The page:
docker run --name timescaledb --rm \ --network redpanda-timeseries \ -v ./tools/timescaledb/:/docker-entrypoint-initdb.d/ \ -p 5432:5432 \ -e POSTGRES_PASSWORD=pass1234 \ -e POSTGRES_USER=timescaledb \ timescale/timescaledb-ha:pg14-latest

Note the volume mount parameter in the configuration. This is for mounting scripts in the Docker container. As you mount the scripts, you can use those to initialize the database, so you can create your schema and tables.

You can insert the initializing script(s) into the ./tools/timscaledb path in your local environment. This path is going to be mounted into the /docker-entrypoint-initdb.d/ path in the TimescaleDB container.

The initializing script creates a table with expected columns coming from the Redpanda messages. You also need to activate the timescaledb extension, as in this sample SQL script:

# Creating the schema in the 'timescaledb' database CREATE SCHEMA IF NOT EXISTS mock_data; CREATE EXTENSION IF NOT EXISTS timescaledb CASCADE; # DDL for table creation - includes the columns for expected fields # in messages to be produced in Redpanda CREATE TABLE IF NOT EXISTS mock_data.peer_payouts ( payment_timestamp TIMESTAMP WITH TIME ZONE NOT NULL, amount DOUBLE PRECISION NOT NULL, status VARCHAR(10) NOT NULL, currency_code VARCHAR(10) NOT NULL, sender VARCHAR(50) NOT NULL, recipient VARCHAR(50) NOT NULL, _loaded_at TIMESTAMPTZ DEFAULT NOW() ); # Creates a hyper table for benefiting from time series functionalities. SELECT create_hypertable('mock_data.peer_payouts', 'payment_timestamp');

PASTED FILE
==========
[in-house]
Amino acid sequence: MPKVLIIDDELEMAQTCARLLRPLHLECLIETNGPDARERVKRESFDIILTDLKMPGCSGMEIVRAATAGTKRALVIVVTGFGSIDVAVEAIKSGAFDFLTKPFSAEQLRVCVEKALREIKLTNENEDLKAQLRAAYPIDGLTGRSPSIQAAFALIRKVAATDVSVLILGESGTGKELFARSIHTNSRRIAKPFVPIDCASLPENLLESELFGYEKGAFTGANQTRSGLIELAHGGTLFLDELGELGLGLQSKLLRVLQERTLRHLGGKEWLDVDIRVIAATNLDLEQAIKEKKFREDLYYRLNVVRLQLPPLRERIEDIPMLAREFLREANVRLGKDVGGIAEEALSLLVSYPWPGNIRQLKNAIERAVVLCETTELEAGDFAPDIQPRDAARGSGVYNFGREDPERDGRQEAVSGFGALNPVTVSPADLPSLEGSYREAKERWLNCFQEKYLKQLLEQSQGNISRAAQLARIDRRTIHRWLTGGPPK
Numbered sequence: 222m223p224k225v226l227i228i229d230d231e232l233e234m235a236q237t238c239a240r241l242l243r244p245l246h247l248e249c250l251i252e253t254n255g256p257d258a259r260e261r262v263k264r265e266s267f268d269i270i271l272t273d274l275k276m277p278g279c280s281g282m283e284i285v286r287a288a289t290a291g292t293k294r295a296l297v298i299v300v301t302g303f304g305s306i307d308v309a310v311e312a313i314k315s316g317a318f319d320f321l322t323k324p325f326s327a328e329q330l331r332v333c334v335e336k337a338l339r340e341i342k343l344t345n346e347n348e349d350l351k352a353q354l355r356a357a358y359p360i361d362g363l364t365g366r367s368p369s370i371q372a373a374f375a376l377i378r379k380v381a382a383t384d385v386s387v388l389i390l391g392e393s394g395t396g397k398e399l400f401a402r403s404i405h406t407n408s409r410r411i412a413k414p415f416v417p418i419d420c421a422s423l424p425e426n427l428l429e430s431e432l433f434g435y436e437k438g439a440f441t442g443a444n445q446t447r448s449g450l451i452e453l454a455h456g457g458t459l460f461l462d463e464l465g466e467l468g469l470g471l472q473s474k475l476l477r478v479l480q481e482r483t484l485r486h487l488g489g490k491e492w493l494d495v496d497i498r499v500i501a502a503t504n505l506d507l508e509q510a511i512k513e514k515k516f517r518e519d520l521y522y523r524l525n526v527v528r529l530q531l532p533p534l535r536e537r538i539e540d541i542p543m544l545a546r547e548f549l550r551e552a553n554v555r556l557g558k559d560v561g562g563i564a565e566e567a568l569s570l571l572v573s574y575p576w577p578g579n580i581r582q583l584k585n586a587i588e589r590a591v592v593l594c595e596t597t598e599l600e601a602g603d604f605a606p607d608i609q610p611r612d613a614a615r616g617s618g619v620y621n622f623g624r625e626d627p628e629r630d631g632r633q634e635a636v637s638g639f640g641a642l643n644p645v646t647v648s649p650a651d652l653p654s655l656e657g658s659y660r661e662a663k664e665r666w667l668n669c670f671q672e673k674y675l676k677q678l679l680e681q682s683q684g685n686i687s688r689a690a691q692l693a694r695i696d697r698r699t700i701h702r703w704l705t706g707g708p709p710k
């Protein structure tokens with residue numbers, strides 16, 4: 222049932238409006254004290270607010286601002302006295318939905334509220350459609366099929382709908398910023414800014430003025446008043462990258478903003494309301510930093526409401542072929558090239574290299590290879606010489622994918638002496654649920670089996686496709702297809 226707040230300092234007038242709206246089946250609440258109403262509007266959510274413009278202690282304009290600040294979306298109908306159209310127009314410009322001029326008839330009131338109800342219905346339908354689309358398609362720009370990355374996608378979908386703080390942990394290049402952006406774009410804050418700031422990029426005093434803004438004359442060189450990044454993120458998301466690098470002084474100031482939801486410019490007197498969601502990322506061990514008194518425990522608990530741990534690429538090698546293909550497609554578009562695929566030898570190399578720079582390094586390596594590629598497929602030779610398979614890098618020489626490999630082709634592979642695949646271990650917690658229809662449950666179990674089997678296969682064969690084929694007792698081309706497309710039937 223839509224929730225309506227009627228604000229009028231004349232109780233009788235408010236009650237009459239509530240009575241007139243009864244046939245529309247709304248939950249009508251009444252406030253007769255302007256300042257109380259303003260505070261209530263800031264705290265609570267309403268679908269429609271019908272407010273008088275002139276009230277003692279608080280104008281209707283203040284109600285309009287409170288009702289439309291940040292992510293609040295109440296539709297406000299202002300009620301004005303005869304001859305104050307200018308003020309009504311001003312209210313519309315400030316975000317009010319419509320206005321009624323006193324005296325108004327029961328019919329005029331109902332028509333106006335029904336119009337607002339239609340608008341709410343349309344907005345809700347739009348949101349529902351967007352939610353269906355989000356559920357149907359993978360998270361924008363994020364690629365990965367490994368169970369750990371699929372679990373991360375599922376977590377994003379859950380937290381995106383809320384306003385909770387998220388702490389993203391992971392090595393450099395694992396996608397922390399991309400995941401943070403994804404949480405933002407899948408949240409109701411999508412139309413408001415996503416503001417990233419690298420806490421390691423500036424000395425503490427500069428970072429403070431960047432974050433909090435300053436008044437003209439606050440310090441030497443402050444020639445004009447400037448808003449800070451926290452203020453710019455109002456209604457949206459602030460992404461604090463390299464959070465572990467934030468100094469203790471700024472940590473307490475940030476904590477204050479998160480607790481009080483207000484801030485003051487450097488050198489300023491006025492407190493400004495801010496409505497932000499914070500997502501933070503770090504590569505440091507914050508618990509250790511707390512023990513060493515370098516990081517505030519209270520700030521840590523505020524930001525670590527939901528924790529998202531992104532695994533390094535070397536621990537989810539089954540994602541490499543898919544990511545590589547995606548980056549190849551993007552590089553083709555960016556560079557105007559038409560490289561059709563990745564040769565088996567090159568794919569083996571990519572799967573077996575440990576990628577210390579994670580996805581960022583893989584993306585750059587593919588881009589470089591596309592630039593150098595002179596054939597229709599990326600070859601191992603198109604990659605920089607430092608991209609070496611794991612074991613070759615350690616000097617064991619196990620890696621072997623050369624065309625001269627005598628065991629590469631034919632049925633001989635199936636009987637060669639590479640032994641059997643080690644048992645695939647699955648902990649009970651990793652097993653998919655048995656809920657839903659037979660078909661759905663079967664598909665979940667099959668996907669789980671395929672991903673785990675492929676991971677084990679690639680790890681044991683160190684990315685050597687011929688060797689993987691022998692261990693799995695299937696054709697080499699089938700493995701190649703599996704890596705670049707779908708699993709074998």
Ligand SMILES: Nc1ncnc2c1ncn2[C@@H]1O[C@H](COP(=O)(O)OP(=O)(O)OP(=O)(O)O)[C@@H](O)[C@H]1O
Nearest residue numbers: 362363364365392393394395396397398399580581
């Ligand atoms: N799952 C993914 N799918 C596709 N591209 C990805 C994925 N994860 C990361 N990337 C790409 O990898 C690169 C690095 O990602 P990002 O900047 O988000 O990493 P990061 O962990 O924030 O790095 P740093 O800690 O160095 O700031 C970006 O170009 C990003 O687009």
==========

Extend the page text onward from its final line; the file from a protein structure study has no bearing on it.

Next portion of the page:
Step 3: set up Kafka Connect

Since Redpanda is compatible with Kafka API endpoints, you can use Kafka Connect to create a data stream sink from Redpanda to TimescaleDB.

To create a Kafka connect component in Docker, you can create a customized Dockerfile, such as: